Vital Questions on Chancellor Merkel’s Legacy
07 December 2021
What are some significant memories you have of cooperating with Chancellor Angela Merkel from your time in office? What will be her main legacy for Europe?
Mikuláš Dzurinda, former Prime Minister of Slovakia: Angela Merkel has shaped German and European politics for 16 years. She has led Germany and the EU through three serious crises: the financial crisis in 2008, unprecedented immigration flows into Europe in 2015, and the COVID-19 pandemic, which is ongoing. She has processed Brexit, Trump’s manners, and Viktor Orbán’s provocations. In the face of all these challenges, the EU remains the best place to live; it is a community, attractive not only to people in the European neighbourhood but also from other continents. Some Prime Ministers rule, while others serve; Chancellor Merkel is a great example of committed service to Germany and a reunited Europe. Saying this, I realise that the EU is currently experiencing some internal division, and needs fresh impetus and vision for its common future direction.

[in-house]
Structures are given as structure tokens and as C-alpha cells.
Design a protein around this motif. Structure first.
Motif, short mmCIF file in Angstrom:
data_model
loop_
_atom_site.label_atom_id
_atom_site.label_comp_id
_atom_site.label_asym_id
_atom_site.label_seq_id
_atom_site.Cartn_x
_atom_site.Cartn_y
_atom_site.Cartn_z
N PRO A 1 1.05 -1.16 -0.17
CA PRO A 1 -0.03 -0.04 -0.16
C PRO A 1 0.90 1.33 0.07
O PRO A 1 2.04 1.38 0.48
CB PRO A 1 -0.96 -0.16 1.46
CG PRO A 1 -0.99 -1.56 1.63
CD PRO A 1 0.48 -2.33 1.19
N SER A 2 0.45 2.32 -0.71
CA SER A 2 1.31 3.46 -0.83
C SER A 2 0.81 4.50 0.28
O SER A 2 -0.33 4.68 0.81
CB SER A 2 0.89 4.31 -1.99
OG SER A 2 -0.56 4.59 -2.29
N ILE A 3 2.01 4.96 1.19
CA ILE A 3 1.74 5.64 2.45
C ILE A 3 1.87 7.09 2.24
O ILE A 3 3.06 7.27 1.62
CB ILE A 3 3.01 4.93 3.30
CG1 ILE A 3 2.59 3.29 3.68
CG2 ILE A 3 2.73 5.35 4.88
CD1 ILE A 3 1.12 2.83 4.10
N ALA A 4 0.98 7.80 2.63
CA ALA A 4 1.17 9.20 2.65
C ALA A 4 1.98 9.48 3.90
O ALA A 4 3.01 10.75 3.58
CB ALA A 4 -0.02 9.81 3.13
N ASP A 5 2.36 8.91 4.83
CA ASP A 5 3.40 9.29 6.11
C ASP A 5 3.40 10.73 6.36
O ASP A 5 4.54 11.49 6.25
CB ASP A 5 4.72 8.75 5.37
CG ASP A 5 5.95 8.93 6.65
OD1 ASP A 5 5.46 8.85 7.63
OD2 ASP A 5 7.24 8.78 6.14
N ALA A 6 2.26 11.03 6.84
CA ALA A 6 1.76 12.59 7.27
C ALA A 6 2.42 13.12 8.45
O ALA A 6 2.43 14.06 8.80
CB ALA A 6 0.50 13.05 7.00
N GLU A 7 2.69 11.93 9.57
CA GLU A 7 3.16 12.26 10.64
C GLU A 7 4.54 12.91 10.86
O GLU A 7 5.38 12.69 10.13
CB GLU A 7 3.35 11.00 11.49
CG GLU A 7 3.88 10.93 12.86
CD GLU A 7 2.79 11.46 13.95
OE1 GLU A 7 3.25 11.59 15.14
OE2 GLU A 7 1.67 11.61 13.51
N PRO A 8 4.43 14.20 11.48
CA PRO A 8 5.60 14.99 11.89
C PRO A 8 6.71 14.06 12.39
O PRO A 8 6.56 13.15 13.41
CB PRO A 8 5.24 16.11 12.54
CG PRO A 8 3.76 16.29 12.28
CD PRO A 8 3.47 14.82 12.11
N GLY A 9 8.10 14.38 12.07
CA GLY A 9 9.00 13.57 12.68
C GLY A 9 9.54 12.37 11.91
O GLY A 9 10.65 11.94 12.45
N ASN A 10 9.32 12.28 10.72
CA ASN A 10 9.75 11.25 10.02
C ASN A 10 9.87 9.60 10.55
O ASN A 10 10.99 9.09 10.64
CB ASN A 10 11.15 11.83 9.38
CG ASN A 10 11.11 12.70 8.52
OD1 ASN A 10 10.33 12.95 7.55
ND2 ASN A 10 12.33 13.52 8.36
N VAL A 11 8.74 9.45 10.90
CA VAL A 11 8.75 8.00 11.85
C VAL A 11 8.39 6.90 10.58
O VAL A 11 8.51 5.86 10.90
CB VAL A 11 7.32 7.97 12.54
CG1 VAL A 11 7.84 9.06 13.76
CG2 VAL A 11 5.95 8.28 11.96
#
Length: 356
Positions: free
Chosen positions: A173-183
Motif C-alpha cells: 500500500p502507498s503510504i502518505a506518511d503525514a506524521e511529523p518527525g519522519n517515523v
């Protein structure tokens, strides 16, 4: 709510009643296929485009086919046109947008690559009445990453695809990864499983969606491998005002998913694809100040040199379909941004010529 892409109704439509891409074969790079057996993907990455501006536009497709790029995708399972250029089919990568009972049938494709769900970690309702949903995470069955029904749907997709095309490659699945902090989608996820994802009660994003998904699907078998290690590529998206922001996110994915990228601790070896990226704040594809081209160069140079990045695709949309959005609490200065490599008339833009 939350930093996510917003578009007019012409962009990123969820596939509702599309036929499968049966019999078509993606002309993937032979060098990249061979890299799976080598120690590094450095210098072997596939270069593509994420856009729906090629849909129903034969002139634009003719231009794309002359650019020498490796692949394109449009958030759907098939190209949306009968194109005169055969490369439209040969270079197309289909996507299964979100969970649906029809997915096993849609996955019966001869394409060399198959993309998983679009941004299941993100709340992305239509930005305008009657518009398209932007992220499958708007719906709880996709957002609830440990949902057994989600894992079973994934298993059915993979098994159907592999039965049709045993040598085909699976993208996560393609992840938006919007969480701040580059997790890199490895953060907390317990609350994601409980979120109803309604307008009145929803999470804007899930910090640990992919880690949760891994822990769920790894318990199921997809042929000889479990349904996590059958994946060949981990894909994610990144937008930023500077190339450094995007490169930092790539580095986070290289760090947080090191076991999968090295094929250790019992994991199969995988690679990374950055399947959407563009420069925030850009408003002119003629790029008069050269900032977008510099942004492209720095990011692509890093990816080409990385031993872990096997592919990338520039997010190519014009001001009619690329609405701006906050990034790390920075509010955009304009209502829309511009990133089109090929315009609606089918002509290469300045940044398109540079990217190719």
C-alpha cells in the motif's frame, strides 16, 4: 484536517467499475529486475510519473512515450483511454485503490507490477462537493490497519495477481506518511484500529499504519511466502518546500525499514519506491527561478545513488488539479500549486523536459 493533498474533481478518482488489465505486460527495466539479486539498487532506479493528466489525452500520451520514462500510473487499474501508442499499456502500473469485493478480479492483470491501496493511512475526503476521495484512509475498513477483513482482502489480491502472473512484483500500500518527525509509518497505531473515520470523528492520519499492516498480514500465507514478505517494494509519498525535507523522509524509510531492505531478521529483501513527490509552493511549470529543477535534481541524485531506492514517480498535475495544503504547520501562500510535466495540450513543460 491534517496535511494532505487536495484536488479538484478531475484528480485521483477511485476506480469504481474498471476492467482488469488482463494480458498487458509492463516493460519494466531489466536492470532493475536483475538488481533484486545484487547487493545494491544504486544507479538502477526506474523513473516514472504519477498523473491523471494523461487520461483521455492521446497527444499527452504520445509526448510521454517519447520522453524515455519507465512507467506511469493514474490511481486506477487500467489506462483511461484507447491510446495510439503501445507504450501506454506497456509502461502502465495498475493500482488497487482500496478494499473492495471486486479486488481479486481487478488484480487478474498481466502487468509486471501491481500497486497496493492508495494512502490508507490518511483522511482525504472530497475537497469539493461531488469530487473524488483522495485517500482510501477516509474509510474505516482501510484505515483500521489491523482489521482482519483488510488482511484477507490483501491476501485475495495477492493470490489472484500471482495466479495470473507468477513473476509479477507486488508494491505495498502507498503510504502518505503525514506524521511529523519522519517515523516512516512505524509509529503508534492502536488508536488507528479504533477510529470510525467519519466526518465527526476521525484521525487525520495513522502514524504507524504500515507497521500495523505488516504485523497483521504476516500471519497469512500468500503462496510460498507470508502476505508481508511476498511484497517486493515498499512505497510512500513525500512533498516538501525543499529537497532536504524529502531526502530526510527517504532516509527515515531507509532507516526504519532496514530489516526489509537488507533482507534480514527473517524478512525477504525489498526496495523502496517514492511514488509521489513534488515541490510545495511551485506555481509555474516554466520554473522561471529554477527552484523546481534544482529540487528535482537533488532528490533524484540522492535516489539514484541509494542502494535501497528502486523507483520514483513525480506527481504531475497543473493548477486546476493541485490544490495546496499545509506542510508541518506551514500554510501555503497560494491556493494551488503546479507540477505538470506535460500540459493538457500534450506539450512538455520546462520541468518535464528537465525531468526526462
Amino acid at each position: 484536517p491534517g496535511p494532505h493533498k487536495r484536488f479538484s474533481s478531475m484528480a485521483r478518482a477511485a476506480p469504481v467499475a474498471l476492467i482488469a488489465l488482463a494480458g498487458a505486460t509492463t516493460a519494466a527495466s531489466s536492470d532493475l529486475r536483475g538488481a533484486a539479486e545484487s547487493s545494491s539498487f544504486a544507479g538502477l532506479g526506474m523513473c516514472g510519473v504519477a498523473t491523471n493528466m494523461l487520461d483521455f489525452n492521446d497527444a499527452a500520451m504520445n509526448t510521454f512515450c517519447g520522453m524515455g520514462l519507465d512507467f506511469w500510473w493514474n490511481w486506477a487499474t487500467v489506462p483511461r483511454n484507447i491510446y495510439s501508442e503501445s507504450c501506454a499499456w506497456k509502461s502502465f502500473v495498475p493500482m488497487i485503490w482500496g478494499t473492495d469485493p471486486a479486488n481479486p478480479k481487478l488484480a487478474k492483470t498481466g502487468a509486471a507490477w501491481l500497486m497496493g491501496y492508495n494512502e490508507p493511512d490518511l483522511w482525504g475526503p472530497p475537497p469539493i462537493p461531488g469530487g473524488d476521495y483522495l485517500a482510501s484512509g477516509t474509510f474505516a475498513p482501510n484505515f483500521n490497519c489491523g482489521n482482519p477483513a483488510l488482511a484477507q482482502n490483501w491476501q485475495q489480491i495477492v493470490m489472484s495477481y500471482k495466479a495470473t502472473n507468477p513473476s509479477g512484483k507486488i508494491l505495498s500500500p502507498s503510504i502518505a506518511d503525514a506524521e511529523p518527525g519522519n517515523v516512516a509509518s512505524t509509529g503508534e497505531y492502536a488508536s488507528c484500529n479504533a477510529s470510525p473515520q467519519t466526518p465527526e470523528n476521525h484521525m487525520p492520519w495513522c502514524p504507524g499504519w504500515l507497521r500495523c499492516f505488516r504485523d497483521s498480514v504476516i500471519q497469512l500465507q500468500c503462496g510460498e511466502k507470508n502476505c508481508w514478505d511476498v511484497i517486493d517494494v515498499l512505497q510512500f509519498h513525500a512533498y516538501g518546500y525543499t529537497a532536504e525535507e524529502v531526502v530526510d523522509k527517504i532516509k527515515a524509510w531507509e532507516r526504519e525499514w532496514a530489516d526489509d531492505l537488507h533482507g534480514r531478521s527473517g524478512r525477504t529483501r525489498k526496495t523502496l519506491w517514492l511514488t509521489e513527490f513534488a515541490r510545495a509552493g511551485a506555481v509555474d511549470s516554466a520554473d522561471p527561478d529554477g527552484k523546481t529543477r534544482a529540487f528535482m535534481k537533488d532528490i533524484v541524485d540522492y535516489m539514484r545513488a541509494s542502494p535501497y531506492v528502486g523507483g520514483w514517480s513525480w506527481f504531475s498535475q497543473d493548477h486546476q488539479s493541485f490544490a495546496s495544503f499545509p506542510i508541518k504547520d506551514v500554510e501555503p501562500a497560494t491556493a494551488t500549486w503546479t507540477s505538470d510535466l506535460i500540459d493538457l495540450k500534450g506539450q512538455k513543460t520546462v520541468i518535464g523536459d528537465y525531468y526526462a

Antonis Samaras, former Prime Minister of Greece: She has sharp political instincts. She is a good listener, a skillful coalition builder, and has the courage to go, on occasion, “against the current”. She knows when to push, when to be restrained, and when to compromise. She is a talented tactician, and understands much more than she lets others believe. She is very devoted to what she is doing, flexible in the means to accomplish her goals, and very pleasant on a personal level.